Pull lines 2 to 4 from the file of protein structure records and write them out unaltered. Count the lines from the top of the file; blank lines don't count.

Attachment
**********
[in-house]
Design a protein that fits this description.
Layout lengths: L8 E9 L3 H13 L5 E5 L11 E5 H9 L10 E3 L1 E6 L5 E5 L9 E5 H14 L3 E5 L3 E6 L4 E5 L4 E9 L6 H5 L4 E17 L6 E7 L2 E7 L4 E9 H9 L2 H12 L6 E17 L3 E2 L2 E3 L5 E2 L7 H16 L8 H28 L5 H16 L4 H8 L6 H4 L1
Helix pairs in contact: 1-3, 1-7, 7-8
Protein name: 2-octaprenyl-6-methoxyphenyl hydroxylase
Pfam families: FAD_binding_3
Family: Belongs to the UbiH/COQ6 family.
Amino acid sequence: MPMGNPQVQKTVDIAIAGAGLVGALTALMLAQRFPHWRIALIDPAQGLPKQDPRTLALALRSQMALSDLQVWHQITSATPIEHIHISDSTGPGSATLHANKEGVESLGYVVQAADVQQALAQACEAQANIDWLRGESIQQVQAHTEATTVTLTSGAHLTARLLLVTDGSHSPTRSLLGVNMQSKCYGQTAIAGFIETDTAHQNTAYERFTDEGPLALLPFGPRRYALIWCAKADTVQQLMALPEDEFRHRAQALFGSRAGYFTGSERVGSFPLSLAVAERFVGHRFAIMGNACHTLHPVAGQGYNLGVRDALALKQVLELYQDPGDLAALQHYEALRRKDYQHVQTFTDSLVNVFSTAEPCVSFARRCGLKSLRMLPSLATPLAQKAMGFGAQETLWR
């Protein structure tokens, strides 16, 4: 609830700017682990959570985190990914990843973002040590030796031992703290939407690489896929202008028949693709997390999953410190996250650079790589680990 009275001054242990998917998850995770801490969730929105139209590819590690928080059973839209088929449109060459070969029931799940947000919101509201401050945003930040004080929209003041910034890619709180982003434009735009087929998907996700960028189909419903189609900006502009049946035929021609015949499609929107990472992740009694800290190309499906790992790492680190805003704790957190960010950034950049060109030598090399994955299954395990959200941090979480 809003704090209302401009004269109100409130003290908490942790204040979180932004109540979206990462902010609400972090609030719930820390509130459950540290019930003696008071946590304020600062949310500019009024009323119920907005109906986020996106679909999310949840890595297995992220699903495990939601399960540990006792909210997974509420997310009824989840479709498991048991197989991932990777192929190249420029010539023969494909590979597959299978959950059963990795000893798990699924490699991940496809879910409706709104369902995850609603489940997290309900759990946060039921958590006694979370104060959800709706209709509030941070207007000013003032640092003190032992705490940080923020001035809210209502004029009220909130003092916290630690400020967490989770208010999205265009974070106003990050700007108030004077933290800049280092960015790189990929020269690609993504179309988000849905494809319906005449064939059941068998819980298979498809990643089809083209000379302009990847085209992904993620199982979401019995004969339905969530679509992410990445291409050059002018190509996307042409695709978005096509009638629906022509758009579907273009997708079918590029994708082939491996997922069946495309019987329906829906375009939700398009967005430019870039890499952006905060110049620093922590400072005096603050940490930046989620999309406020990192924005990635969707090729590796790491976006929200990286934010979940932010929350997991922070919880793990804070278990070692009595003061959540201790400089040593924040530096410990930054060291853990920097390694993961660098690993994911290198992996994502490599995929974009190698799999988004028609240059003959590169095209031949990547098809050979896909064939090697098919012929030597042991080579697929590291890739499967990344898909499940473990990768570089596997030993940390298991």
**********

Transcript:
Design a protein that fits this description.
Layout lengths: L8 E9 L3 H13 L5 E5 L11 E5 H9 L10 E3 L1 E6 L5 E5 L9 E5 H14 L3 E5 L3 E6 L4 E5 L4 E9 L6 H5 L4 E17 L6 E7 L2 E7 L4 E9 H9 L2 H12 L6 E17 L3 E2 L2 E3 L5 E2 L7 H16 L8 H28 L5 H16 L4 H8 L6 H4 L1
Helix pairs in contact: 1-3, 1-7, 7-8